Zambia debt plans scrutinised following investor callSub-Saharan AfricaGovernmentBonds & LoansDistressed DebtEmerging Markets
Zambia’s government came under intense scrutiny this week as investors continued to push for clarity on the country’s growing debt stack during a call held on Wednesday (29 May).
Officials promised monthly calls to update on Chinese debt renegotiations, their plans to cancel and delay loans, their tempestuous relationship with mining companies, and their hopes to secure International Monetary Fund (IMF) funding. Despite the authorities’ show of goodwill, four buysiders polled believed that a credit event in 2020 now looked inevitable.
The country’s most immediate Eurobond maturity, a USD 750m 5.375% 2022 bond, is quoted at 65 cents, with its 2024 and 2027 notes also converging towards the mid-60 mark, the first buysider said. The government has USD 600m left in debt repayments this year with USD 1.3bn in FX reserves. Eurobond coupons payments comprise USD 120m, including a USD 60m payment at the end of July, with the rest most likely owed to Chinese creditors, said the second buysider.
A Barclays report published on Tuesday noted that unless the country implements a clear change in policies and secures an IMF programme in the near term, default cannot be avoided.
“The alternative scenarios assume a muddle-through on current policies, which would likely result in an FX liquidity shortfall by 2020,” Barclays analysts wrote on Tuesday. “In this case, the two sub-scenarios would be (i) that Zambia is then forced into IMF cooperation eventually - which we believe would involve private sector involvement (PSI) in a broader debt restructuring at that point; or (ii) a ‘disorderly’ default.”
While informal talks are being held among bondholders, there is not yet a formal organisation to prepare for a default event, said the first and the third buysider. Much of the paper, around 30% to 35%, is still held by index trackers, who do not actively follow the credit, according to the third buysider.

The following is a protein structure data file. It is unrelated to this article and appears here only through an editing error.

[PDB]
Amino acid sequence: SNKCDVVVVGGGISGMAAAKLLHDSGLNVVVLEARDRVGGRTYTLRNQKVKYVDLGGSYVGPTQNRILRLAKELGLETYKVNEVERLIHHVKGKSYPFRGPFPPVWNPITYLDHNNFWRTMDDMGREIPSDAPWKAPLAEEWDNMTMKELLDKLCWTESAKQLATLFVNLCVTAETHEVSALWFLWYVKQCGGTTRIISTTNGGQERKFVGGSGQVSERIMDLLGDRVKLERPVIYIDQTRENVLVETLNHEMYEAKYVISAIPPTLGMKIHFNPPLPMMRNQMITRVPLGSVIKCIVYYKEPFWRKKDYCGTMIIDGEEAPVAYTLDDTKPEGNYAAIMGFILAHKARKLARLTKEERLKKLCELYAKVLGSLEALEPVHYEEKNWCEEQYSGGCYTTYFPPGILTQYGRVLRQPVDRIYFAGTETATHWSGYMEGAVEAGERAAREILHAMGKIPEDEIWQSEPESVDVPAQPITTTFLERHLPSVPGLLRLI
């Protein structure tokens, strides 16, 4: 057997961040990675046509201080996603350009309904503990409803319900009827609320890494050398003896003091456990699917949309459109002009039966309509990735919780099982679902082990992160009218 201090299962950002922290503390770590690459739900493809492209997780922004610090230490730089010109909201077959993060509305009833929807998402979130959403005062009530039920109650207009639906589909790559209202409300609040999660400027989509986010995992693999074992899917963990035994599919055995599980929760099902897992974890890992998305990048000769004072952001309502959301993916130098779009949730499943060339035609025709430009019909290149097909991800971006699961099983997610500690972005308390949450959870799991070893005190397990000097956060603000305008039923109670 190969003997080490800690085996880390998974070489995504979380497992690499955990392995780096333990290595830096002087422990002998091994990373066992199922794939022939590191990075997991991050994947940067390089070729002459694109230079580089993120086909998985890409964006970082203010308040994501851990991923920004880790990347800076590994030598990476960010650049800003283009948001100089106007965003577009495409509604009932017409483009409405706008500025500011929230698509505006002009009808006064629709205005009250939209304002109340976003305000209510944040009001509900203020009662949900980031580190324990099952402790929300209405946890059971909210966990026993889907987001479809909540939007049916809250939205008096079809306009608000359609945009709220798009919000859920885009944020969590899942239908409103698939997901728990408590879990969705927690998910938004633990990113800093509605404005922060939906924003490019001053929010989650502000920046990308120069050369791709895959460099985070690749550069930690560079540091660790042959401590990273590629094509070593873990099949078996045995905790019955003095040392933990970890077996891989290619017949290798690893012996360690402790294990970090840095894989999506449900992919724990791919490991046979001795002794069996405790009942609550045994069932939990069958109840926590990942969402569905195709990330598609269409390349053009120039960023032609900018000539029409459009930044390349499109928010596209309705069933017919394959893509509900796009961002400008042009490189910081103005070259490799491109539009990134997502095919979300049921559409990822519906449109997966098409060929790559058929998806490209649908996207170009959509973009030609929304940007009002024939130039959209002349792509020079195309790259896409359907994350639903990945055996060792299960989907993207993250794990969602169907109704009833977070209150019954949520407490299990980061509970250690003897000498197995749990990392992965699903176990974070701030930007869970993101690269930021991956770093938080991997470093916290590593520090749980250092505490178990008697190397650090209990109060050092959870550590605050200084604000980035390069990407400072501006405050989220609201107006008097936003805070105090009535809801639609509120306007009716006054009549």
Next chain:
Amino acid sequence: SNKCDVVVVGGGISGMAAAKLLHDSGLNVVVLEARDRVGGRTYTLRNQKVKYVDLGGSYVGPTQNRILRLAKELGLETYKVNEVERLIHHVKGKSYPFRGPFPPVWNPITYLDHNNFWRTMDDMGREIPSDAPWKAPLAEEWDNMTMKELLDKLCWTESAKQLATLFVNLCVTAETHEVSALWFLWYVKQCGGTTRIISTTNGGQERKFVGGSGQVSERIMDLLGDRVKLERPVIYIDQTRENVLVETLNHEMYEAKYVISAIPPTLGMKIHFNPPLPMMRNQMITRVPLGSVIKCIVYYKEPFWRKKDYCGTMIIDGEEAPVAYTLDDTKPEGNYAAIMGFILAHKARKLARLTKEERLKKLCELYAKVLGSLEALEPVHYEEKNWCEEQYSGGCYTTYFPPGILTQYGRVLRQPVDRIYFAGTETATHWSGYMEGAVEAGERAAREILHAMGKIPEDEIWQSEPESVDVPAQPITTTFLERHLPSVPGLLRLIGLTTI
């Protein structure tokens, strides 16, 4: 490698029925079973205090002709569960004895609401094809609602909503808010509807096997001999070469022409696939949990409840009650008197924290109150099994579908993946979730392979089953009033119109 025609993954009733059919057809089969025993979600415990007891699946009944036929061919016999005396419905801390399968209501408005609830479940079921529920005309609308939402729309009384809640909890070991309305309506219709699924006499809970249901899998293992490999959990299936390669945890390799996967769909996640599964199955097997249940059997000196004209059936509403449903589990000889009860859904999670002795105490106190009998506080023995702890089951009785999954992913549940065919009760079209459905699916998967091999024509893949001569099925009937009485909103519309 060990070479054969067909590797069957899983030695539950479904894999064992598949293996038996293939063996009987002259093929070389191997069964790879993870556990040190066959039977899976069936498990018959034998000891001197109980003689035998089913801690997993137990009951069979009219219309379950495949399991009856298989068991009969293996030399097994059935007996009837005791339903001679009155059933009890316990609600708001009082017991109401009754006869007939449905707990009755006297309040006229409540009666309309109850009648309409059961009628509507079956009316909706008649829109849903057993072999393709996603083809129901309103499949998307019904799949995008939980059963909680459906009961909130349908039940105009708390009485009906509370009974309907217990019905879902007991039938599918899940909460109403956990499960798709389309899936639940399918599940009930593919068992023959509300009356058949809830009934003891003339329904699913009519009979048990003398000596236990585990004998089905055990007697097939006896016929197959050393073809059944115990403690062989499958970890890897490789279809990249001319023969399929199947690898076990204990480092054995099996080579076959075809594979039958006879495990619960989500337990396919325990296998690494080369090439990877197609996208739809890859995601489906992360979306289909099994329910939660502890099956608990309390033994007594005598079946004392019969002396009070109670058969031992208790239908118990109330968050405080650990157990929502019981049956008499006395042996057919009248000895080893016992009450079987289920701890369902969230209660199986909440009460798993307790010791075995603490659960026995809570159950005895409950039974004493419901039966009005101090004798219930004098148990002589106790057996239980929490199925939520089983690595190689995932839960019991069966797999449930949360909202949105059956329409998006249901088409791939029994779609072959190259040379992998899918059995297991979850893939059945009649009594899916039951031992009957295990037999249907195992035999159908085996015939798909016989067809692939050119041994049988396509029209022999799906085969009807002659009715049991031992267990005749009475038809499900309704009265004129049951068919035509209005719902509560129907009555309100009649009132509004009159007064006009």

If the government decides to restructure, it should do so sooner rather than later, said the third buysider.
“Restructurings, of the kind Zambia will need, will take at least two years, which means that they are in full-on election period by then,” said the third buysider, pointing towards the general election incumbent President Edgar Lungu will have to fight in 2021.
On the government side, a financial advisor remains to be officially appointed, according to three sources familiar. Zambia’s cabinet will meet in two weeks’ time to iron out the details of their plans to cancel or delay debt (a promise already made in 2018), according to the first, second and fourth buysiders, who listened to the call.
“The pipeline to be disbursed consists of USD 1.2bn each year on average for the next three years,” said the second buysider. “That's the number that could be reduced. However, ultimately the top level of the government decides rather than the finance ministry, and it's unlikely they agree to sizeably and sufficiently reduce the debt pipeline.”
“There are many projects the government could cut without impacting growth in a meaningful way, despite what the finance minister says,” said the first buysider. “But the vital projects like the [Kenneth Kaunda International] airport, the [Kafue Gorge Lower] Power Plant and the [Chipata-Serenje] railway line are also the costliest.”
Penalties for debt cancellation or delays also have to be accounted for, likely adding to the government’s headaches, the fourth buysider said.